(clicking) Seven one.
Great. Now something that I like to do especially in black and white work is do a little bit of an overexposure on the skin tones. And so what I'll do oftentimes is overexpose the skin by up to about a stop. Could be more, could be less. And what I do is, in this black and white, I crank the contrast up and it kinda does a similar effect. It smooths the skin out and it ends up creating something that feels like the old like the Avedon, Irving Penn images and that's basically what they would do. They would overexpose the skin by about half a stop to a stop and then crank the contrast up and you can see it actually produces a really beautiful result. So just to show you what that looks like. Turn your body a little bit more for me, please, and face to me just a touch, good. So I was metered at seven one so I'm at five, five oh now, (shutter clicks) and it's gonna feel a little bit higher in terms of exposure. So it does feel, so it's a little bit brighter, right? But what I'm gonna do here is pump this a little bit, the highlights which crunches the highlights together a little bit, removes the detail. You just kinda crank that contrast up. Then you make it black and white and that's kind of more or less how you achieve a similar effect. It looks really nice. Mkay, so we have this very harsh... I'm gonna turn this a little bit more. I'm gonna bring it down a touch. Really harsh shadow, really dark shadow over there. And now we're gonna manipulate it. So it's fine. I don't necessarily (shutter clicks) dislike it. It's just maybe not what you want. Where's my tethering at? Nope. Nope, okay. I should have a tether, nope, all right.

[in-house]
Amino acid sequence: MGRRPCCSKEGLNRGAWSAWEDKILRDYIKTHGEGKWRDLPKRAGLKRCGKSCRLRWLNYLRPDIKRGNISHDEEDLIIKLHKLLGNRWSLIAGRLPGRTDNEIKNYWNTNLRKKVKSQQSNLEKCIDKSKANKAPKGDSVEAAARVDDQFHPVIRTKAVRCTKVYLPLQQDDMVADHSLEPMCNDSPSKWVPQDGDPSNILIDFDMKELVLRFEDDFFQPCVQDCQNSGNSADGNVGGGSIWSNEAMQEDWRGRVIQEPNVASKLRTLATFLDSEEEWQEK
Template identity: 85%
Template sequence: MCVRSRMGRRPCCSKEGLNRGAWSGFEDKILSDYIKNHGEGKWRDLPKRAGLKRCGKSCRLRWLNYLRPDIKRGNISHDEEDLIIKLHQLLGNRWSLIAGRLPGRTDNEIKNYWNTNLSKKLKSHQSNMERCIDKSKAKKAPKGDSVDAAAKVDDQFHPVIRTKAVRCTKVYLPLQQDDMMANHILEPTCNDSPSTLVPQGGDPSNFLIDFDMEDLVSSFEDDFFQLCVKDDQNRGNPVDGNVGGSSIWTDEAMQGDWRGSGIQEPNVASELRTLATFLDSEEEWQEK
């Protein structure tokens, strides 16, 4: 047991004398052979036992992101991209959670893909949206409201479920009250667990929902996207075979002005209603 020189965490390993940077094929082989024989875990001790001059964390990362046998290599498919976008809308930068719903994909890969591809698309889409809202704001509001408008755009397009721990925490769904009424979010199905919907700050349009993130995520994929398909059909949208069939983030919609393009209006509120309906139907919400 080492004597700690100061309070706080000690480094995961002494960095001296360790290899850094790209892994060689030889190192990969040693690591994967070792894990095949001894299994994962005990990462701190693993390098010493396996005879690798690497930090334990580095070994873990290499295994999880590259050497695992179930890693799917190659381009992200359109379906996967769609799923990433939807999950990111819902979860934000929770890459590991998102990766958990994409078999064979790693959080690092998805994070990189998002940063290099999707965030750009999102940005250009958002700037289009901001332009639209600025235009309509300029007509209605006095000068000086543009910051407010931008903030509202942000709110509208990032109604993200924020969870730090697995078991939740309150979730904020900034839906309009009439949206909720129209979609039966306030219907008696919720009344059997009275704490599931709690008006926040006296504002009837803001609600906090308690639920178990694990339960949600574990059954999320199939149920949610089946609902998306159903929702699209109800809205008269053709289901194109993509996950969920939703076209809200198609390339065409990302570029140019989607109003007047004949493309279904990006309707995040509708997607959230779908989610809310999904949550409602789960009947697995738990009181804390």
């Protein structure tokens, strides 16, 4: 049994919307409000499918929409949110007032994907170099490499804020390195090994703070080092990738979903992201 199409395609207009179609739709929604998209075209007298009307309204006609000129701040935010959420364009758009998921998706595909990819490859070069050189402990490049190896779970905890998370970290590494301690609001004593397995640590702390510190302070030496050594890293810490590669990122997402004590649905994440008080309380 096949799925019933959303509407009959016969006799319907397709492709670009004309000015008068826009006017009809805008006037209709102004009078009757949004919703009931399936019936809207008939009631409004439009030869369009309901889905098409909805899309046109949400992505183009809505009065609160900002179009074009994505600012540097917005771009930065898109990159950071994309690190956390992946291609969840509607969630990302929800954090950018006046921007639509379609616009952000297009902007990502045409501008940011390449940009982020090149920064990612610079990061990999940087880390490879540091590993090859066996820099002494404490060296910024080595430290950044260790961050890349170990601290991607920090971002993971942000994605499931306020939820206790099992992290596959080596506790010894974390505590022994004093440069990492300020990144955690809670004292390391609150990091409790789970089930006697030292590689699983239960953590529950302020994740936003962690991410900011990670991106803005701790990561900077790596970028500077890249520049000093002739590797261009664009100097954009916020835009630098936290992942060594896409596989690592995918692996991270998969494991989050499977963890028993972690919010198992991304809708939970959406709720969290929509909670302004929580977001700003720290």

Command + T.